“What is a Party Wall? What is a Party Wall Notice? Jon Clayton answers your questions in a simple guide explaining the basics about Party Walls”.

What is a Party Wall?

A wall is considered to be a Party Wall when it stands astride a boundary of land that belongs to two or more owners. This type of wall can be part of one building, separate two buildings apart or could stand astride the boundary line between land of different owners, such as a garden wall.

What is the Party Wall Act?

The Party Wall Act provides a system that attempts to prevent and resolve possible boundary disputes in relation to boundary walls, party walls and excavations dug close to neighbouring buildings. The Act applies throughout England and Wales and came into use in July 1997.

What work can be done to my party wall without the Party Wall Act applying?

Certain minor works do not require you to serve a Party Wall Notice to your adjoining neighbour. These include work such as:-


•Cutting the wall to add or replace electrical wiring or sockets

•Drilling the wall to take plugs and screws for wall mounted units or shelving

What sort of work requires notification under the Party Wall Act?

You must give any adjoining owners notice of your intentions if you are intending to carry out work (anywhere in England and Wales) of the type described in the Act.

These include work that may be carried out directly to an existing party wall or structure, new buildings at or astride the boundary or excavations within 3 or 6 metres of neighbouring buildings or structures, the distance depending on the depth of hole or proposed foundation.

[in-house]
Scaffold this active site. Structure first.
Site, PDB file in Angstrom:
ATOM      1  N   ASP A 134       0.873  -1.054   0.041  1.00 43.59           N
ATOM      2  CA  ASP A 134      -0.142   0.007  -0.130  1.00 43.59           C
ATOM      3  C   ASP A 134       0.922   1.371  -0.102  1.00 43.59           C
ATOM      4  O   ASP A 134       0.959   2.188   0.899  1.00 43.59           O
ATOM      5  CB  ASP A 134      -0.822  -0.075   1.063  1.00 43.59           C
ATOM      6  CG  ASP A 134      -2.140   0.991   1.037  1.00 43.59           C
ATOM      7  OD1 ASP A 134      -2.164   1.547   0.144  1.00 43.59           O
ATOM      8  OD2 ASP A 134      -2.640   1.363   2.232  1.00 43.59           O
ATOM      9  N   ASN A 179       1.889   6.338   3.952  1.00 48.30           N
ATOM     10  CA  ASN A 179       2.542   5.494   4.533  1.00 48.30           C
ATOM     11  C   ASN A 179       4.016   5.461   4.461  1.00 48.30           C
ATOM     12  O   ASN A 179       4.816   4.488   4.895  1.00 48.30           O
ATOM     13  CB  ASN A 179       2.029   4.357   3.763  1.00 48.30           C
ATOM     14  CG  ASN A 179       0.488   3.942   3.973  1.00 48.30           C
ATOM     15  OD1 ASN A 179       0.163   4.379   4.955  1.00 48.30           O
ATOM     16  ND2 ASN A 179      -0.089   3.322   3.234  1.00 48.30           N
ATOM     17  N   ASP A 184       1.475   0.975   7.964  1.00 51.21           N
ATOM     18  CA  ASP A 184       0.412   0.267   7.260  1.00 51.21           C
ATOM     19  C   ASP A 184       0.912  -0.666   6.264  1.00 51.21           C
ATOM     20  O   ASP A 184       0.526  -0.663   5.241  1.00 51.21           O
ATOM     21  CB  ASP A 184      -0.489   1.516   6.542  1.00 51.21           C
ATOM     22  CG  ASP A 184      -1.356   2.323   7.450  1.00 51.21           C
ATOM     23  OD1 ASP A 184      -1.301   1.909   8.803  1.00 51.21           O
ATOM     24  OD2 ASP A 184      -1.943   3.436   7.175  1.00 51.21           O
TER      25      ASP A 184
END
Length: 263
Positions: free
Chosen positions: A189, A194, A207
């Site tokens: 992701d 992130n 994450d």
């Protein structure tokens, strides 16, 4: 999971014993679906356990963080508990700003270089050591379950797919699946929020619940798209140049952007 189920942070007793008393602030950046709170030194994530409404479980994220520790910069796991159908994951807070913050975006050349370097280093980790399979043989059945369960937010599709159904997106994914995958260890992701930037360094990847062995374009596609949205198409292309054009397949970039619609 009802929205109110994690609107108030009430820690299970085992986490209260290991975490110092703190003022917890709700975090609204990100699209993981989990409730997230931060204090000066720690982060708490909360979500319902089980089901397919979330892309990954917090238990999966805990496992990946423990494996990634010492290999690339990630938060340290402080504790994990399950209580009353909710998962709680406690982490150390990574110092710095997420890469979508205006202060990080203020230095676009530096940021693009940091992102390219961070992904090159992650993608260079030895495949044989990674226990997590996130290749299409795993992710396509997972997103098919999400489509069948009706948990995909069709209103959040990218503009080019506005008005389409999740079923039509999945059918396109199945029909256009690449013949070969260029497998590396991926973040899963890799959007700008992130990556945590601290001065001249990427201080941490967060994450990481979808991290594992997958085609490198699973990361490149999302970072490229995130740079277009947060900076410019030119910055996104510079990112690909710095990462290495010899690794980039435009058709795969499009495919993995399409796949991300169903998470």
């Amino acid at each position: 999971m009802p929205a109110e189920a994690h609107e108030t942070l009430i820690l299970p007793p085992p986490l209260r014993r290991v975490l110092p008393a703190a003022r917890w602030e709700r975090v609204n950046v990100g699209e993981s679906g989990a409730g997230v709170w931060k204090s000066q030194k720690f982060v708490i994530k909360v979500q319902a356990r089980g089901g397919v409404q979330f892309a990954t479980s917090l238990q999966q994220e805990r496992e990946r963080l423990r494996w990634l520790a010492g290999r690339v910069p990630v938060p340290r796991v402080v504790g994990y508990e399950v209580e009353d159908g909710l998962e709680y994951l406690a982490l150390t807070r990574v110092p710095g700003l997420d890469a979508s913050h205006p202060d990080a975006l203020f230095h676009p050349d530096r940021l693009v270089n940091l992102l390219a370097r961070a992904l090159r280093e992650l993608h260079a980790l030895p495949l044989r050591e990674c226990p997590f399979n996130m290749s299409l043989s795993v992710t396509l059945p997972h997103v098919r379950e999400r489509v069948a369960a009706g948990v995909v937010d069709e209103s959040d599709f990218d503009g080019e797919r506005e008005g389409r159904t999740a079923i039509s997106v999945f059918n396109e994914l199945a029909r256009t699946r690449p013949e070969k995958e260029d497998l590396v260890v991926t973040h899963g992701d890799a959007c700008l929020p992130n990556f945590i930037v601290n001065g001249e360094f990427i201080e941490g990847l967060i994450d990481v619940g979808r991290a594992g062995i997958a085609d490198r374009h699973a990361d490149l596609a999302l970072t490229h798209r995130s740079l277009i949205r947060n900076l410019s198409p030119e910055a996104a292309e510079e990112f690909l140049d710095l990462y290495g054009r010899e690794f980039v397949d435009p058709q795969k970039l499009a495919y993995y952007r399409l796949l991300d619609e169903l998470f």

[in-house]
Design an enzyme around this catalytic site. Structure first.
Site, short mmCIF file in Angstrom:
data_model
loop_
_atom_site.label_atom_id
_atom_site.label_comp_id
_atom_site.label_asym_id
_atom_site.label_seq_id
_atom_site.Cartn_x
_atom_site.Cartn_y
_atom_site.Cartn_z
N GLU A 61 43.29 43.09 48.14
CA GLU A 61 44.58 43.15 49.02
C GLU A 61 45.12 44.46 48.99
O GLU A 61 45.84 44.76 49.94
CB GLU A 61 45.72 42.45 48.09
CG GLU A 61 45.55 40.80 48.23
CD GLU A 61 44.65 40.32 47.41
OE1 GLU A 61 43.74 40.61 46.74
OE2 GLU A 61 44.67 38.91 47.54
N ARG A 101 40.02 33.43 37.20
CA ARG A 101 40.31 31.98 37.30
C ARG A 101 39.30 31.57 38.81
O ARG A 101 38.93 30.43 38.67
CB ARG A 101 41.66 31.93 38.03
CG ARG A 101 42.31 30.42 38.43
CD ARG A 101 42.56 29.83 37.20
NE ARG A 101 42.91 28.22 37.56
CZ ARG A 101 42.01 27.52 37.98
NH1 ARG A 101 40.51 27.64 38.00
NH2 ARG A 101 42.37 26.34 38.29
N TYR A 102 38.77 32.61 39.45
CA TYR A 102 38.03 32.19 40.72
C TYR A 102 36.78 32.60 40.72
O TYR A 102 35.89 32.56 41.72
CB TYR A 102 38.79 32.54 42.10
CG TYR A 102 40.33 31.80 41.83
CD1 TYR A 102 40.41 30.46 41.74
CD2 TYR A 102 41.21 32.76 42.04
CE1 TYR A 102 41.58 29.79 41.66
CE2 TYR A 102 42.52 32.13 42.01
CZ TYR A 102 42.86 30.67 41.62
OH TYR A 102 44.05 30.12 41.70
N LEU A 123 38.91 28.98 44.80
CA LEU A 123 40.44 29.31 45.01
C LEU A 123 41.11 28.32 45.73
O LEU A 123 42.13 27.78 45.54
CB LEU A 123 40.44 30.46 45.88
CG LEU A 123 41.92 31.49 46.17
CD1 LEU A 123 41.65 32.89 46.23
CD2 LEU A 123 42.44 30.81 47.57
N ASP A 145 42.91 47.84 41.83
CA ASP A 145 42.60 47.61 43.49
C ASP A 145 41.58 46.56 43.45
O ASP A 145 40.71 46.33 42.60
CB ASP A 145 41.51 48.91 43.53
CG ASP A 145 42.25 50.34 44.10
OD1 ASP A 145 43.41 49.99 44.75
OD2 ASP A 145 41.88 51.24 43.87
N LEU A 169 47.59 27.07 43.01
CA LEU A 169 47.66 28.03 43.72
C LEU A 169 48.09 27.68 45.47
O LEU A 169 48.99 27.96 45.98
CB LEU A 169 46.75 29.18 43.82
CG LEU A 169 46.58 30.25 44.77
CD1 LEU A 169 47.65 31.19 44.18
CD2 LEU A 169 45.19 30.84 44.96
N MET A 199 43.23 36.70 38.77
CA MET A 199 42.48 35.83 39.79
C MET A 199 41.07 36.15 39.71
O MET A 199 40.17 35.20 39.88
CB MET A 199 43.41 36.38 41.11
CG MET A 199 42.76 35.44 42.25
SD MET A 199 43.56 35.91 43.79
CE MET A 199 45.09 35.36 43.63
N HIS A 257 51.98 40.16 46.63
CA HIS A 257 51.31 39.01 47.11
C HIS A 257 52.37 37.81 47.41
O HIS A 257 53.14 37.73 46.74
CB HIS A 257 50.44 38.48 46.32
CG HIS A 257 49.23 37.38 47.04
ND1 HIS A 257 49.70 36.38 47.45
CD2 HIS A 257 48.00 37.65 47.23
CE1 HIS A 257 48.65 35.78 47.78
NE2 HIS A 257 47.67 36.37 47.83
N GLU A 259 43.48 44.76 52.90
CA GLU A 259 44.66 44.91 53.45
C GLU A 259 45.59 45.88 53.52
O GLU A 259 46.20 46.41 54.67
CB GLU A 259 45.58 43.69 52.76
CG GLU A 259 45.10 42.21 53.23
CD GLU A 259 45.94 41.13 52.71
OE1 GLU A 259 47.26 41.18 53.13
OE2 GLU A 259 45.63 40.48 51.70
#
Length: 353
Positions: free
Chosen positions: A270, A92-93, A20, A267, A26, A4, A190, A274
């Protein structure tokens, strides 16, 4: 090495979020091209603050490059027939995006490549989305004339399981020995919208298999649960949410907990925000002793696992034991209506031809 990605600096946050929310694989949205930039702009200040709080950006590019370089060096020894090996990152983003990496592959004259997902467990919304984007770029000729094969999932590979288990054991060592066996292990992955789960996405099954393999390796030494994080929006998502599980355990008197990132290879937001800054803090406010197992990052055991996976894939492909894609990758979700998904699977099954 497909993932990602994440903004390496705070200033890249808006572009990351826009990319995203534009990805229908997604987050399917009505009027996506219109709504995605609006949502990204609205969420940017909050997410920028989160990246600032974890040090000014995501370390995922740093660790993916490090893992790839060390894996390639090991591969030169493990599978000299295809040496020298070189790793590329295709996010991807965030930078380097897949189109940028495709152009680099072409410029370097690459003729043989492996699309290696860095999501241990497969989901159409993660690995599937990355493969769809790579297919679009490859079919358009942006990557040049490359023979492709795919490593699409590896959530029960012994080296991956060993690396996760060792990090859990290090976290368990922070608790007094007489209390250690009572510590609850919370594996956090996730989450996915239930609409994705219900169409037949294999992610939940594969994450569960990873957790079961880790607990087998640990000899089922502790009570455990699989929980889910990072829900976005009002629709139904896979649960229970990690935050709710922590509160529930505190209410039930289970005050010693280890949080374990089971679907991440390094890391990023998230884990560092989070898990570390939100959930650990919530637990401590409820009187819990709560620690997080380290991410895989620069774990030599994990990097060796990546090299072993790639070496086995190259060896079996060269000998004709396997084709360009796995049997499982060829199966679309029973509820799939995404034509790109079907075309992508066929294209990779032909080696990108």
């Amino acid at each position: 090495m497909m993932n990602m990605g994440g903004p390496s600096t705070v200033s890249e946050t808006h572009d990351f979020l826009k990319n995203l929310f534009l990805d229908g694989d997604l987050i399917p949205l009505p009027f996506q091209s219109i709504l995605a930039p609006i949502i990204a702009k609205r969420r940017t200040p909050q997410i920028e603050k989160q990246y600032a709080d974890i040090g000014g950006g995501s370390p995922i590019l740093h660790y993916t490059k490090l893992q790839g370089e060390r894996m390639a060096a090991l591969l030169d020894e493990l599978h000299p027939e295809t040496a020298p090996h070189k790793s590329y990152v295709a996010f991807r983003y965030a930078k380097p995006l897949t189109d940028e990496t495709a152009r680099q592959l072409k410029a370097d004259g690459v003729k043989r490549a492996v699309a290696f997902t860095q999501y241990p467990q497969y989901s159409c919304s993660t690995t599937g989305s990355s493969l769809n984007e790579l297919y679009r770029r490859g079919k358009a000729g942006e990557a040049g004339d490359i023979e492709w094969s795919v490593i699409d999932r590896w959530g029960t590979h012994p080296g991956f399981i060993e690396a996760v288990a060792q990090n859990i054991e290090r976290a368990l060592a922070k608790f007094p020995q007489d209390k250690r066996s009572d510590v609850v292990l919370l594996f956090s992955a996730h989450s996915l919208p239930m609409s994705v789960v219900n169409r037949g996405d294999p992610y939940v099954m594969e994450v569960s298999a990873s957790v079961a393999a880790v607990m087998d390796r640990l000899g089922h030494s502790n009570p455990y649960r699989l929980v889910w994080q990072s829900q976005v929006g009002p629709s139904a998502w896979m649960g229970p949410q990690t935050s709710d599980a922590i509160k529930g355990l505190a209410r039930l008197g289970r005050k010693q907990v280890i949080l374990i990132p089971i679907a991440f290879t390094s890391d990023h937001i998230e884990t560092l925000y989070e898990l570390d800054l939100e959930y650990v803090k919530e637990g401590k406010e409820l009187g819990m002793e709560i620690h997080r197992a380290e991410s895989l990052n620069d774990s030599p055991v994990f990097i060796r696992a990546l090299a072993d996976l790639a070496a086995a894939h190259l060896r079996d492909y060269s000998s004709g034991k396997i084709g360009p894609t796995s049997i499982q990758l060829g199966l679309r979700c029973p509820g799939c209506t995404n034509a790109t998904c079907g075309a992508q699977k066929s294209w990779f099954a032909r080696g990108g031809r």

In these instances a Party Wall Notice must be issued to the Adjoining Owner even if the work will not extend beyond the centre of the wall.

What is a Party Wall Notice?

A party wall notice is a written notice letter to inform any adjoining owners of any intended work that requires you to notify your neighbours under the act.

When must a Party Wall Notice be served?

This notice must be served a minimum of two months before you wish to begin the work, unless you’re Adjoining Owners agree otherwise. The notice is only valid for one year so do not issue it too far in advance of your anticipated start date.

What happens after a Party Wall Notice is issued?

After your neighbours receive the Party Wall Notice they can give their consent in written to the proposed work, reject your proposals, or do nothing at all. If you have not received a written response within 14 days after issuing the notice a dispute is considered to have arisen. You may need to negotiate with your adjoining owners to reach an agreement on what changes can be made to make the proposals acceptable to all parties. This may include agreeing exactly when and how the work will be carried out. Where no written agreement can be reached, the Act provides a system for the resolution of ‘disputes’.

What if no agreement can be reached between my neighbour and me?

Please note that if an agreement cannot be reached between you and your adjoining owner or you receive no written response within 14 days you will enter into ‘dispute’. A party wall dispute will require a Party Wall Surveyor to resolve. The following organisations hold lists of members who may be willing to act as a “surveyor” under the act.

The Faculty of Party Wall Surveyors (FPWS)

The Pyramus & Thisbe Club

The Royal Institute of Chartered Surveyors (RICS)

Chartered Association of Building Engineers (CABE)

Chartered Institute of Architectural Technologists (CIAT)

The Royal Institute of British Architects (RIBA)

Where can I find further information about the Party Wall Act?

The Party Wall etc. Act 1996: explanatory booklet provides detailed information about the act and is available for free download.

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